Date of Award
Doctor of Philosophy (PhD)
David C. Webb
This study examines two weeklong implementations of technology-enhanced mathematics units. Pre and post-survey data, student interviews, audio and video recordings of classroom sessions, and participation log data were collected and analyzed using quantitative and qualitative methods. Constructs measured included self-efficacy in mathematics and computers, triggered and maintained interest, future pursuits, and engagement.
Survey constructs were verified using factor analysis procedures, and t-tests and effect sizes were calculated for pre and post-survey differences of means. Further analysis using ANCOVA and mixed ANOVA procedures examined constructs and sub-populations flagged as potentially having statistically significant differences of means. No statistically significant differences were found between pre and post-survey means for any construct or population of students. Students reported high self-efficacy and interest in both mathematics and computer use overall on both surveys.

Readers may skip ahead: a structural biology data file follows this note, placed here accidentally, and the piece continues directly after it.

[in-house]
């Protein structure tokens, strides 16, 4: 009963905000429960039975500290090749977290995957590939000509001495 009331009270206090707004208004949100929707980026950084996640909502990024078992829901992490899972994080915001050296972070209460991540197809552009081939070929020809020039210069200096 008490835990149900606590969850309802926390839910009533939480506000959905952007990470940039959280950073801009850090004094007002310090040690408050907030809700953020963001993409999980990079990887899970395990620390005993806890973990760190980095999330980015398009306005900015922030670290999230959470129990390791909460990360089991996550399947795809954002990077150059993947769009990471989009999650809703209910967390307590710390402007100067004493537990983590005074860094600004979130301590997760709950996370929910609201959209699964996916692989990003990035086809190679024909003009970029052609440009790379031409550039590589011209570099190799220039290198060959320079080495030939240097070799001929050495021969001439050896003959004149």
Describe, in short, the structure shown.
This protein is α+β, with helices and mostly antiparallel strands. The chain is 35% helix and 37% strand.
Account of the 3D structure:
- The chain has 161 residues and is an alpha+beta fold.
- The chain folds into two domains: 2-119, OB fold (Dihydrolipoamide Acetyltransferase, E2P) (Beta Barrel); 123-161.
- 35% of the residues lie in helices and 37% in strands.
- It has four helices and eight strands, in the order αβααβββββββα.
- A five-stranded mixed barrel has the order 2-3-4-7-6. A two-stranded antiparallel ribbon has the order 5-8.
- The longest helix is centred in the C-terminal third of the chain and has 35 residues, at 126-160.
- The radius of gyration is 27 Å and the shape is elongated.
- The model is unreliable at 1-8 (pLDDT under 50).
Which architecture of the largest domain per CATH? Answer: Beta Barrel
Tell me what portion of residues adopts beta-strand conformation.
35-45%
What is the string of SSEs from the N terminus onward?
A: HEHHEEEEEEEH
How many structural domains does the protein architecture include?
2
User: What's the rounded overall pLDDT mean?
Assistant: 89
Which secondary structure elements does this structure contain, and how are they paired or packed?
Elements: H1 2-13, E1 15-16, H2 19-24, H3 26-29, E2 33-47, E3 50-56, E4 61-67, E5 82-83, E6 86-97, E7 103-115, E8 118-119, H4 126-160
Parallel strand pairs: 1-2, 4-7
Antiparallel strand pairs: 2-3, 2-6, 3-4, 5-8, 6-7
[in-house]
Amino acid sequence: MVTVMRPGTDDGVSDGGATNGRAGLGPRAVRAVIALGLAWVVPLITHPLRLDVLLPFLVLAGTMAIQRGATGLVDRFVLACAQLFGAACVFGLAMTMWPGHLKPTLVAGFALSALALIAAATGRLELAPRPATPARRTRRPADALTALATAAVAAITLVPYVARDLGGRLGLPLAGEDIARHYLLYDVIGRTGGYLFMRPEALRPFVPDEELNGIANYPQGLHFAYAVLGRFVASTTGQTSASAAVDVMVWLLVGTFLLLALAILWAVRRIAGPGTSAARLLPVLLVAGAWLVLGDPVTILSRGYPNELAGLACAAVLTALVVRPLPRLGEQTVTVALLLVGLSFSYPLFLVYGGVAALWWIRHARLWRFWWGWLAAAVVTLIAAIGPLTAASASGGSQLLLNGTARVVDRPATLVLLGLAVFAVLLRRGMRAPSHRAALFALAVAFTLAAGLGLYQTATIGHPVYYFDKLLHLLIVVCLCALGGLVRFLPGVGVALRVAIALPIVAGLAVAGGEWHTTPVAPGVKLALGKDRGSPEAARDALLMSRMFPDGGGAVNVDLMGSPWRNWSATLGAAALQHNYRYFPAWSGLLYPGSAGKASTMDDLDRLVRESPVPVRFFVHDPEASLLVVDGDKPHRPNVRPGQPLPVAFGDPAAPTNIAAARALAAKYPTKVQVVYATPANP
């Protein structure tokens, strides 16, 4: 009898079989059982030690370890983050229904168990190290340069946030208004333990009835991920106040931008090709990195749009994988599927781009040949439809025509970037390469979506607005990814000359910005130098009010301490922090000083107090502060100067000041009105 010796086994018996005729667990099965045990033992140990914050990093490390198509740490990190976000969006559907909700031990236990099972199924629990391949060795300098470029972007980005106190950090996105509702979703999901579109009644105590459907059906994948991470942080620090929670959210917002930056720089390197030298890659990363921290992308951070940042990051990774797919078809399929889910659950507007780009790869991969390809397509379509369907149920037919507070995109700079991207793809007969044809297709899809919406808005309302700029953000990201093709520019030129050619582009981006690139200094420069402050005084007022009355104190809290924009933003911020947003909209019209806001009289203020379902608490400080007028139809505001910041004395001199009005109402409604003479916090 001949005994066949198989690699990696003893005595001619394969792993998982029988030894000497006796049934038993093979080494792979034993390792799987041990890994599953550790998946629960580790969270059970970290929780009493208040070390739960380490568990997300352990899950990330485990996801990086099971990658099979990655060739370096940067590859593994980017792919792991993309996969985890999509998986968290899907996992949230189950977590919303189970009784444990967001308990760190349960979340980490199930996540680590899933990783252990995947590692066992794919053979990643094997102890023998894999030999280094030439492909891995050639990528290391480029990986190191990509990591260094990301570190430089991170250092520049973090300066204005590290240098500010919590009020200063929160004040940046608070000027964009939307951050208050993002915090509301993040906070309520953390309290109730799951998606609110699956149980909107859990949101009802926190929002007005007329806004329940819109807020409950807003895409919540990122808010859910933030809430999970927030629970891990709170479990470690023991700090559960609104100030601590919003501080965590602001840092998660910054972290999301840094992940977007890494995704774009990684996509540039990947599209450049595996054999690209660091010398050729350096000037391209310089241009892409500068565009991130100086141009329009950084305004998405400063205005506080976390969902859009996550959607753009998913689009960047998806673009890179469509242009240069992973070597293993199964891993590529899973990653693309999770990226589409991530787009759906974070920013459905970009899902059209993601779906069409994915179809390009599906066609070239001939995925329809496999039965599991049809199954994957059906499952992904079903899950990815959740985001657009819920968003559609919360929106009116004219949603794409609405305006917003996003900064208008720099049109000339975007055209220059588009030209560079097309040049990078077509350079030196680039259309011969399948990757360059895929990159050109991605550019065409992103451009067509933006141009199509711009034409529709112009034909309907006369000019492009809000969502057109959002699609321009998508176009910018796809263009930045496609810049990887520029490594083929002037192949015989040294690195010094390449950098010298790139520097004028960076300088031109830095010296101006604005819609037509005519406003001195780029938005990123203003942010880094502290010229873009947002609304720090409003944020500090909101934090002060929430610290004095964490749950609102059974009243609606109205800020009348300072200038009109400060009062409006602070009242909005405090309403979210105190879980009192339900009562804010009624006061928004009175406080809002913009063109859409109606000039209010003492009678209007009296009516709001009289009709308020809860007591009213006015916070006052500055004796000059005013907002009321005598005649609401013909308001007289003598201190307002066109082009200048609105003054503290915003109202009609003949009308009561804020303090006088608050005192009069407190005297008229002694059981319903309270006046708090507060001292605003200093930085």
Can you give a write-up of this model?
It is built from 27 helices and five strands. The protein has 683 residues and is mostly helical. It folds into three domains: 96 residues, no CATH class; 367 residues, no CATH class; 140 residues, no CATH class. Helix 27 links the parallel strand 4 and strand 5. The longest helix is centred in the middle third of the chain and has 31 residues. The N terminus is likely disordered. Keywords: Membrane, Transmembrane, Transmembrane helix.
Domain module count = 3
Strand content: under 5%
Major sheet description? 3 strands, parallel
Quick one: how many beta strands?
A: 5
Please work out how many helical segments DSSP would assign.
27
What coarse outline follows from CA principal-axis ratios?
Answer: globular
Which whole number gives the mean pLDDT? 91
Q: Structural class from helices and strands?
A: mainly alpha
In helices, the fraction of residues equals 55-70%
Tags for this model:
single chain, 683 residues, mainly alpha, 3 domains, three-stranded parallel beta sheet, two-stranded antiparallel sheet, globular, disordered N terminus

Analysis of interview and observation data found evidence of students’ interest states shifting from triggered to maintained situational interest during the course of unit implementation. Students with repeated exposure to the Simulations in Statistics units were more likely to show evidence of transitioning interest states. Analysis of participation logs showed that, on average, students were highly engaged throughout the units. Engagement rates did not differ by gender, but the nature of engagement did. Female students engaged in more collaborative behavior, while male students engaged in more independent work and off-task behaviors. Two teachers simultaneously implemented the units in two separate computer labs. The learning environments in these two labs were different: one emphasized collaborative work and student self-directed use of online wiki and tutorial resources; the other teacher did not. In the collaborative focused lab, a larger percentage of behavior was on-task for all students, especially female students. The learning environment was critical to the engagement of female students.
Latino/a students reported lower self-efficacy beliefs than white students especially in mathematics. Participation in these units gave students the opportunity to develop new self-efficacy beliefs in math and computer use in this context.
These findings inform research efforts to increase interest and motivation for women and people of color to pursue STEM related careers.
Marshall, Krista Sekeres, "Creating Computer Simulations In Middle Grades Mathematics: A Study of a Technology-Integrated Statistics Curriculum" (2013). School of Education Graduate Theses & Dissertations. 27.